James Burke, MD, has been Program Director since 1982
Peter Kowey, MD, has been Chief of the Division of Cardiovascular Disease since 1990
Emphasis on turning out well-rounded clinical cardiologists
The 12 months of clinical rotation in the three year program emphasize the various roles a practicing cardiologist might perform including consultative, intensive care, cardiothoracic, arrhythmia service, heart failure, coronary interventions, outpatient, pacemaker and devices, and congenital cardiac disorders.
The combination of primary and tertiary cardiology affords a more well-rounded training experience.
The high volumes of cardiac patients provide breadth and depth of pathology.
The teaching dimensions emphasize independent decision making by the fellows. This is combined with excellent work supervision.
The majority of graduating fellows get their first career choice, often in the Philadelphia area. Over half of our recent graduates have remained in the Main Line Health System.
Commitment to scholarship
Our graduating fellows perform very well in their board certification exam in cardiovascular disease. Ninety seven percent of the Fellows who have taken the ABIM exam have passed dating back to 1990.
The program has near-daily conferences geared to the level of the Fellows.
The program has a nationally honored, integrated lecture series.
Multiple outside conferences are also provided.
Commitment to research
The majority of our fellows have co-authored peer-reviewed manuscripts, abstract presentations, or book chapters including our present fellows.
A graduate of the program can have a solid foundation in a variety of research skills including clinical (invasive, non-invasive, electrophysiology), and basic science-molecular and cellular, and animal.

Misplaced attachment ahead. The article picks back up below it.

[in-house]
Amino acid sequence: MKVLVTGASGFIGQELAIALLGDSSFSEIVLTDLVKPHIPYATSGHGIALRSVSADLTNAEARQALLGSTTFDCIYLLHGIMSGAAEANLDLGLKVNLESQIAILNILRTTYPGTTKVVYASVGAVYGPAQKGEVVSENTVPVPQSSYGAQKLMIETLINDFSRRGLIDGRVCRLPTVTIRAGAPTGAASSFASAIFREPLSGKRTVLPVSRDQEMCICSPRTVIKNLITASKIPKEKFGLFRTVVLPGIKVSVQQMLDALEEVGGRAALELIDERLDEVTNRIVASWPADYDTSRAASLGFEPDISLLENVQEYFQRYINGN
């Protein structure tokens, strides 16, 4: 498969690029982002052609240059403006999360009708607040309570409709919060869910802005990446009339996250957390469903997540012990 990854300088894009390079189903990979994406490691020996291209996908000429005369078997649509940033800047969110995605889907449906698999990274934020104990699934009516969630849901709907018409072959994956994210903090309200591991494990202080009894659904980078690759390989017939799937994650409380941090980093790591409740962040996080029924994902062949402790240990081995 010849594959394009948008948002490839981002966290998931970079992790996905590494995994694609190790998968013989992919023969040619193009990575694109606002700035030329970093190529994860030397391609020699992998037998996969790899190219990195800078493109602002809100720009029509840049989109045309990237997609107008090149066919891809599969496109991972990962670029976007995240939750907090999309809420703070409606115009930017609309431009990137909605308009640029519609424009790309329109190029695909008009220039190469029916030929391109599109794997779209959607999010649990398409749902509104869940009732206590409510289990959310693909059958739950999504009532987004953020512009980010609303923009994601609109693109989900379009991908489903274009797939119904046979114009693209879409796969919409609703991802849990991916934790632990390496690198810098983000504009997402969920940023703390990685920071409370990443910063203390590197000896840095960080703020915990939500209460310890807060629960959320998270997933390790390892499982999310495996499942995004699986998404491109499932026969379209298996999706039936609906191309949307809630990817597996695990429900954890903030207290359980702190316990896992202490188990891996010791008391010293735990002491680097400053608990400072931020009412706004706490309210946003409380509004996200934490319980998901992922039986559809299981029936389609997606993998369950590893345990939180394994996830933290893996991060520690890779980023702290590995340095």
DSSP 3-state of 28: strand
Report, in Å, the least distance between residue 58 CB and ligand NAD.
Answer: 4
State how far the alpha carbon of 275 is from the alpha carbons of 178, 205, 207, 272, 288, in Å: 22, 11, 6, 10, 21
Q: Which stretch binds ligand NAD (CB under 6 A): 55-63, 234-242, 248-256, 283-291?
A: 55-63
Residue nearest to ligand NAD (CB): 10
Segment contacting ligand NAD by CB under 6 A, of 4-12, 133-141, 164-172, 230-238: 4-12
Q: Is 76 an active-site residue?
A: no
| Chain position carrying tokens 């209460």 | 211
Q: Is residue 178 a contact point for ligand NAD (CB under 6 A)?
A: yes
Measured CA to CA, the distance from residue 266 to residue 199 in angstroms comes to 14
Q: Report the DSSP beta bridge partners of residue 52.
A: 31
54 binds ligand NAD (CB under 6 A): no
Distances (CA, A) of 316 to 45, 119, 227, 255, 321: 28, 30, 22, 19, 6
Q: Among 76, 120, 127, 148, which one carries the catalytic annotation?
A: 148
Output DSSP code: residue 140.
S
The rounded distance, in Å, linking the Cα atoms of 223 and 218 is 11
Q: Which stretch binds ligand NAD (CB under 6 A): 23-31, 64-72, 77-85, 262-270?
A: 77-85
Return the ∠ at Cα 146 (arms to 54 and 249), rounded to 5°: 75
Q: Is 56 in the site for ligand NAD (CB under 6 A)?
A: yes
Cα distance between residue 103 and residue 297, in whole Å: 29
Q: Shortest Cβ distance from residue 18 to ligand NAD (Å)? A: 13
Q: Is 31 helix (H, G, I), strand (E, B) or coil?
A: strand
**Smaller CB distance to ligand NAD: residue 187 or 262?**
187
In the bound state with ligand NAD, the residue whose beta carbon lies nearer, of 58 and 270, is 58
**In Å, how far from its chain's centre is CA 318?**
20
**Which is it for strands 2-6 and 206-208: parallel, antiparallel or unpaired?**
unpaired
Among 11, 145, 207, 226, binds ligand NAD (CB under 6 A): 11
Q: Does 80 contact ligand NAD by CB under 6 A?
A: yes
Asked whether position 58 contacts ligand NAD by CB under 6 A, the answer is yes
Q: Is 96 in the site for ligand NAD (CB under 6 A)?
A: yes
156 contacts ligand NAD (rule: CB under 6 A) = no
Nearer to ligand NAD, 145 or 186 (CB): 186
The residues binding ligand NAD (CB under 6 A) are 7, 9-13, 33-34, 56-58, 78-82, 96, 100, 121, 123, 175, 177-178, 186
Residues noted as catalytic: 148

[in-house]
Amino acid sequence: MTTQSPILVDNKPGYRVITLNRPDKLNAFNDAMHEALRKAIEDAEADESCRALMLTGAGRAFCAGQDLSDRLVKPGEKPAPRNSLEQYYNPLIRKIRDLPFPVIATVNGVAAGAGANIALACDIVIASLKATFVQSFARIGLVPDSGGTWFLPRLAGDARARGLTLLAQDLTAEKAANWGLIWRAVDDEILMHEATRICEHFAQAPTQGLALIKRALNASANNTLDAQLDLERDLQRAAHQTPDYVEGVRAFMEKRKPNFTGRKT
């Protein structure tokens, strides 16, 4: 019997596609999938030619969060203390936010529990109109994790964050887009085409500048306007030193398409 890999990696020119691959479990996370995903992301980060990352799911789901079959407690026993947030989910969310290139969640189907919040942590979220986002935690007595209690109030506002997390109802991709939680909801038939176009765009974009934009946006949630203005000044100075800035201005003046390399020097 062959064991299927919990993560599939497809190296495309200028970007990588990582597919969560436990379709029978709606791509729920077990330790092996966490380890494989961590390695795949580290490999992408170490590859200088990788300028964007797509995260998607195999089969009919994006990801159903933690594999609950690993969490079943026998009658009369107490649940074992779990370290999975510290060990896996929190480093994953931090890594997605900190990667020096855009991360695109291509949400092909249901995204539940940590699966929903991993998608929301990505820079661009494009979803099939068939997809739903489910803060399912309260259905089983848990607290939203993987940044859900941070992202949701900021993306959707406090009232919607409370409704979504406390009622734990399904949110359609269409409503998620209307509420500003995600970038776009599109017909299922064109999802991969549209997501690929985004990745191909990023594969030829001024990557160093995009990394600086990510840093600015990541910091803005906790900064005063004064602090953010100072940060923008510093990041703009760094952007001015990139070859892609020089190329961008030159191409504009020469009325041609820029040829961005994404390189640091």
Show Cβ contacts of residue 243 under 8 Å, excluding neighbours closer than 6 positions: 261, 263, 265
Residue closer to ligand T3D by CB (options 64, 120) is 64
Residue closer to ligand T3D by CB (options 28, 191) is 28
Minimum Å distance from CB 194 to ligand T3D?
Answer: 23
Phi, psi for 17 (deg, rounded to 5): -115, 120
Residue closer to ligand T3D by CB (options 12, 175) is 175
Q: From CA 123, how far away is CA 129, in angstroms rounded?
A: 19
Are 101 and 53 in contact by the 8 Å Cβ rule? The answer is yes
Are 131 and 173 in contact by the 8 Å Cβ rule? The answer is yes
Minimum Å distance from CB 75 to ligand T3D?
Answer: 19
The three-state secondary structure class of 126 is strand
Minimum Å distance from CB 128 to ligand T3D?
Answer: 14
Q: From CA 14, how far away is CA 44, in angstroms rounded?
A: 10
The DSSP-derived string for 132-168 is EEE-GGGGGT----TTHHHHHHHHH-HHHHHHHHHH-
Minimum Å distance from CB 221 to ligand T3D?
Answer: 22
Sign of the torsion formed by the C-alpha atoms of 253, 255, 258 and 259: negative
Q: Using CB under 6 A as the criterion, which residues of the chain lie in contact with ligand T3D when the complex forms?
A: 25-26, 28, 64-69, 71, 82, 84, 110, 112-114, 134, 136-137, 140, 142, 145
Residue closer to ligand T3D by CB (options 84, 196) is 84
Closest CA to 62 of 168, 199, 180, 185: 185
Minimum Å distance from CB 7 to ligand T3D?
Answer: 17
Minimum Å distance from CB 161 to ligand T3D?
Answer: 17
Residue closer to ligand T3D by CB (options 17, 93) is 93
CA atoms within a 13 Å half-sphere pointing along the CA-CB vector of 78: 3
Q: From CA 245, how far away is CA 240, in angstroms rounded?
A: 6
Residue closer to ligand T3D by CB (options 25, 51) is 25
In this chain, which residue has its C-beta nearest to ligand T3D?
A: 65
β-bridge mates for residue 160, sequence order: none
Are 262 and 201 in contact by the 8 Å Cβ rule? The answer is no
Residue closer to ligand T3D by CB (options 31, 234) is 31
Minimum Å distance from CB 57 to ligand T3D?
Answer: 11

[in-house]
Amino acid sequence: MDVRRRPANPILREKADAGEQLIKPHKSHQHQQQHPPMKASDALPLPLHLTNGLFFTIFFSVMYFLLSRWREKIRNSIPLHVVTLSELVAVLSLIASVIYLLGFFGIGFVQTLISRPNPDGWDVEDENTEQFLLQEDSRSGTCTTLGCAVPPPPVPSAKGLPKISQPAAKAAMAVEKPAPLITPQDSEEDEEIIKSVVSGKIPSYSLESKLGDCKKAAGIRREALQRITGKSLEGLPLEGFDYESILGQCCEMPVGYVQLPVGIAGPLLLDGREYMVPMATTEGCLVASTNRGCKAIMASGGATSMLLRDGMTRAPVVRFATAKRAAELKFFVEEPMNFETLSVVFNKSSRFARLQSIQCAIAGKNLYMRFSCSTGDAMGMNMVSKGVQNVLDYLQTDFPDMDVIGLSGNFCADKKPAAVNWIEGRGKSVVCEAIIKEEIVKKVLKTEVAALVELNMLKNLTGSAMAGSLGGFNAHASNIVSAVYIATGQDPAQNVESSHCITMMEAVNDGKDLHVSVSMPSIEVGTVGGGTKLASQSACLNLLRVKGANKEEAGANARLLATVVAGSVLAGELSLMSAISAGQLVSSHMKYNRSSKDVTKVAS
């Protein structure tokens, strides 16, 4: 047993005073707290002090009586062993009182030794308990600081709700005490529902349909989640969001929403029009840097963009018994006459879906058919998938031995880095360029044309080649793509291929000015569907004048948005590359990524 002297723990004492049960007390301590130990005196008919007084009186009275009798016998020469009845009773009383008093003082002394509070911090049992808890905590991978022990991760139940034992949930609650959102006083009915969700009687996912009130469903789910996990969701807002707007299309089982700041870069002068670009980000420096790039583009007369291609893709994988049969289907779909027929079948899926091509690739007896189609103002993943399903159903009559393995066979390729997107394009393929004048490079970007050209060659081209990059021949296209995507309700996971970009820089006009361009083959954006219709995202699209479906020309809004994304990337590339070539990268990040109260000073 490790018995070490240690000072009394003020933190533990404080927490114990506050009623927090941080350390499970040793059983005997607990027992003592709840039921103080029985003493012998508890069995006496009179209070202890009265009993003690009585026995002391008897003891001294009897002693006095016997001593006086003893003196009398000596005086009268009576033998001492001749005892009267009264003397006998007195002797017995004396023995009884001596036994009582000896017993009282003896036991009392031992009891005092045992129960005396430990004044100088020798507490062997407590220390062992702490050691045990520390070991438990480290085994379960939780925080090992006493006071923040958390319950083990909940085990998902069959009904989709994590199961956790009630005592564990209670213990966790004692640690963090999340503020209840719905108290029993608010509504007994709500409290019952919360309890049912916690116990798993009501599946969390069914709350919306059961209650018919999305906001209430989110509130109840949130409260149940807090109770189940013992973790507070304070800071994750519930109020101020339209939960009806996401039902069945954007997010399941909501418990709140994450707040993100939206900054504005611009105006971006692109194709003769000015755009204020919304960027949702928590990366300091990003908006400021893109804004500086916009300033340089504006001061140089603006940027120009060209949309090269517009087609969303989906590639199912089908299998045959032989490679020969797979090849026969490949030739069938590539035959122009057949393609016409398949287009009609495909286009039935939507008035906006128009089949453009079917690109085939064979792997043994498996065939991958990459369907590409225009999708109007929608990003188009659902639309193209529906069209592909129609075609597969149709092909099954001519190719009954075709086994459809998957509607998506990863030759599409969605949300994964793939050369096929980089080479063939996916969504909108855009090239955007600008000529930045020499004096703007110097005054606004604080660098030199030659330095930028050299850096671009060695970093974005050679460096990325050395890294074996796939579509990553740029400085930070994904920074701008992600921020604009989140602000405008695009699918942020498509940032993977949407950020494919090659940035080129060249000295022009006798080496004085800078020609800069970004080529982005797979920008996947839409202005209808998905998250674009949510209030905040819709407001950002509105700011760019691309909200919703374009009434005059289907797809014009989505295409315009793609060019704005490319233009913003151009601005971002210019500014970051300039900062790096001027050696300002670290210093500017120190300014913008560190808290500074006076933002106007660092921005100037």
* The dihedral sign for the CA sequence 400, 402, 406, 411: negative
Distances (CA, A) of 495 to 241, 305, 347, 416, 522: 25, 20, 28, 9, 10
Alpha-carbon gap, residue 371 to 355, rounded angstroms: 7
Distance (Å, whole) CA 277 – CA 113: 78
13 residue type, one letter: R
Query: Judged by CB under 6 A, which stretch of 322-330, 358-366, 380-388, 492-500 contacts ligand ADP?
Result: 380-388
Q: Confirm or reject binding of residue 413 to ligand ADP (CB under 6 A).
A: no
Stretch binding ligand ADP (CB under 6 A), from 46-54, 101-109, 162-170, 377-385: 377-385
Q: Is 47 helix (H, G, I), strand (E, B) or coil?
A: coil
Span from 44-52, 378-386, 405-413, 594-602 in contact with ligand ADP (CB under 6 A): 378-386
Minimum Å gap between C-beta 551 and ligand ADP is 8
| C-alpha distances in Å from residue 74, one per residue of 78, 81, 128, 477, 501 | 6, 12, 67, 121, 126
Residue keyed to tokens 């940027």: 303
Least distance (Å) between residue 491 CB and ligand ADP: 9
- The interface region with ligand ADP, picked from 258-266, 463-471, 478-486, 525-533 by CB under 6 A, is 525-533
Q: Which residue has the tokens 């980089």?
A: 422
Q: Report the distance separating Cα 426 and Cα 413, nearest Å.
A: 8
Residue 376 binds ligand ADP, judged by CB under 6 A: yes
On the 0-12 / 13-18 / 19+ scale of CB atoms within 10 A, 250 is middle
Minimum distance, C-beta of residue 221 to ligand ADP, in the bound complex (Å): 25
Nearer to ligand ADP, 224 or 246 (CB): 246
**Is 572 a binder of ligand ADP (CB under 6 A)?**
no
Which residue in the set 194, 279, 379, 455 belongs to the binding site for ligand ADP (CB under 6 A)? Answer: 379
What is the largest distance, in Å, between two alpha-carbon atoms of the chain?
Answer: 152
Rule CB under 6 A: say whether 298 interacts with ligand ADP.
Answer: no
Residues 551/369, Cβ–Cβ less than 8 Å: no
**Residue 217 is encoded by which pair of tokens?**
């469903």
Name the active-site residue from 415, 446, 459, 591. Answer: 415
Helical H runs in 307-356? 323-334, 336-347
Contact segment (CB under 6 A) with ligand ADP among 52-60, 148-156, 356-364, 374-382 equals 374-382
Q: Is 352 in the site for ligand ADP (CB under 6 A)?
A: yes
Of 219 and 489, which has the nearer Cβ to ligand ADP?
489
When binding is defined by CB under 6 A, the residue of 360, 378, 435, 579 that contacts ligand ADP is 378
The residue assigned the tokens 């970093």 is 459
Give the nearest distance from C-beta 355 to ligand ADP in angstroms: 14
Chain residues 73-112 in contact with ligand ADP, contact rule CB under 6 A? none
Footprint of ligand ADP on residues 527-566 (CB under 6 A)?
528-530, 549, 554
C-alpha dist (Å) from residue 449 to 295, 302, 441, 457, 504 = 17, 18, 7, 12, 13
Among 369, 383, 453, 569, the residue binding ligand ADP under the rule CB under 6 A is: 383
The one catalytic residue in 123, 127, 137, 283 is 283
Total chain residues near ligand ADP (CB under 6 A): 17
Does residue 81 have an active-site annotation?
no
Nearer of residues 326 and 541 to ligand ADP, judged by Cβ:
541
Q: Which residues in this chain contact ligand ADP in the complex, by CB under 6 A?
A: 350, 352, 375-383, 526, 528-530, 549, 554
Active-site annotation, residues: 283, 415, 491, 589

Access to the facilities of the Lankenau Institute of Medical Research.
Superb training in subspecialty fields
Lankenau Medical Center has ACGME accreditation in general cardiovascular, clinical cardiac electrophysiology, and interventional cardiology fellowship training programs.
Non-invasive fellows graduate the program with proficiency in trans-thoracic and transesophageal echocardiography, exercise and pharmacologic stress echocardiography, and level two training in nuclear cardiology (permitting NRC lab licensing), and CT angiography. Training is also available in the interpretation of peripheral vascular ultrasonography.
Invasive fellows graduate the four year program with proficiency in a host of interventional coronary techniques including balloon angioplasty, stenting, rotablade, laser, and atherectomy. Many also take training in peripheral vascular imaging and interventional techniques.
Electrophysiology fellows graduate the four year program with proficiency in electrophysiology procedures including catheter ablation techniques, permanent pacemaker and defibrillation device insertions, and atrial fibrillation ablation.
The Lankenau Heart Institute is recognized internationally as a leading cardiovascular program. The program receives more than 500 applications yearly for the available positions.